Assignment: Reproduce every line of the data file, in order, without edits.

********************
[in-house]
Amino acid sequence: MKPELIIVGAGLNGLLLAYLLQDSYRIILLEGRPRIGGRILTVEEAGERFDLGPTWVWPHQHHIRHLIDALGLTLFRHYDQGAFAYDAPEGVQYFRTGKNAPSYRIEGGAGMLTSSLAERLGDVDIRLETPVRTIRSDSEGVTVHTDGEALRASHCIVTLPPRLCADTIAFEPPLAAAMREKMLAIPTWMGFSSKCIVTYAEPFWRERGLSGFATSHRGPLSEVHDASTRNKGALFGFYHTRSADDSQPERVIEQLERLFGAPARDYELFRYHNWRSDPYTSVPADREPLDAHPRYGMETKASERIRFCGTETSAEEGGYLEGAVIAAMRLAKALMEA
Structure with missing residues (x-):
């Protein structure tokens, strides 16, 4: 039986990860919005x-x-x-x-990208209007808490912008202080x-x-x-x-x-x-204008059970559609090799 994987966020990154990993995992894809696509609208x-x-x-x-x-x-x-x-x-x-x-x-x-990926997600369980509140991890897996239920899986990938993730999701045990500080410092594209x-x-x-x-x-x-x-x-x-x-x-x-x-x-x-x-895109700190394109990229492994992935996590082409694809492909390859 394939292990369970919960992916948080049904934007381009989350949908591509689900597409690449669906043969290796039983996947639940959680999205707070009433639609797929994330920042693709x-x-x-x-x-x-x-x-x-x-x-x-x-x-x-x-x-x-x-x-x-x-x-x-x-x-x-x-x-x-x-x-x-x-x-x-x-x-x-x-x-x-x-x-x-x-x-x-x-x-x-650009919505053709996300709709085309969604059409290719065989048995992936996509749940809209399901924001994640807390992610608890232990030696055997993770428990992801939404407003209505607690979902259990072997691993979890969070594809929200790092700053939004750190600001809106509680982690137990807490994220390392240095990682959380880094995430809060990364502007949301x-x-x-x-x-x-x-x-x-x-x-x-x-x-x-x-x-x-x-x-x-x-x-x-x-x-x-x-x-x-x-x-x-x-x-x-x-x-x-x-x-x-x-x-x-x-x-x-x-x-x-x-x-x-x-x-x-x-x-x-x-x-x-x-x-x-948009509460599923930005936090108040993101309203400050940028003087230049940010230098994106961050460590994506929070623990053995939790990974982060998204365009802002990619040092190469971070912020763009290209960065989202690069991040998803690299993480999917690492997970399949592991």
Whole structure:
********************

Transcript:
[in-house]
Amino acid sequence: MKPELIIVGAGLNGLLLAYLLQDSYRIILLEGRPRIGGRILTVEEAGERFDLGPTWVWPHQHHIRHLIDALGLTLFRHYDQGAFAYDAPEGVQYFRTGKNAPSYRIEGGAGMLTSSLAERLGDVDIRLETPVRTIRSDSEGVTVHTDGEALRASHCIVTLPPRLCADTIAFEPPLAAAMREKMLAIPTWMGFSSKCIVTYAEPFWRERGLSGFATSHRGPLSEVHDASTRNKGALFGFYHTRSADDSQPERVIEQLERLFGAPARDYELFRYHNWRSDPYTSVPADREPLDAHPRYGMETKASERIRFCGTETSAEEGGYLEGAVIAAMRLAKALMEA
Structure with missing residues (x-):
């Protein structure tokens, strides 16, 4: 039986990860919005x-x-x-x-990208209007808490912008202080x-x-x-x-x-x-204008059970559609090799 994987966020990154990993995992894809696509609208x-x-x-x-x-x-x-x-x-x-x-x-x-990926997600369980509140991890897996239920899986990938993730999701045990500080410092594209x-x-x-x-x-x-x-x-x-x-x-x-x-x-x-x-895109700190394109990229492994992935996590082409694809492909390859 394939292990369970919960992916948080049904934007381009989350949908591509689900597409690449669906043969290796039983996947639940959680999205707070009433639609797929994330920042693709x-x-x-x-x-x-x-x-x-x-x-x-x-x-x-x-x-x-x-x-x-x-x-x-x-x-x-x-x-x-x-x-x-x-x-x-x-x-x-x-x-x-x-x-x-x-x-x-x-x-x-650009919505053709996300709709085309969604059409290719065989048995992936996509749940809209399901924001994640807390992610608890232990030696055997993770428990992801939404407003209505607690979902259990072997691993979890969070594809929200790092700053939004750190600001809106509680982690137990807490994220390392240095990682959380880094995430809060990364502007949301x-x-x-x-x-x-x-x-x-x-x-x-x-x-x-x-x-x-x-x-x-x-x-x-x-x-x-x-x-x-x-x-x-x-x-x-x-x-x-x-x-x-x-x-x-x-x-x-x-x-x-x-x-x-x-x-x-x-x-x-x-x-x-x-x-x-948009509460599923930005936090108040993101309203400050940028003087230049940010230098994106961050460590994506929070623990053995939790990974982060998204365009802002990619040092190469971070912020763009290209960065989202690069991040998803690299993480999917690492997970399949592991």
Whole structure: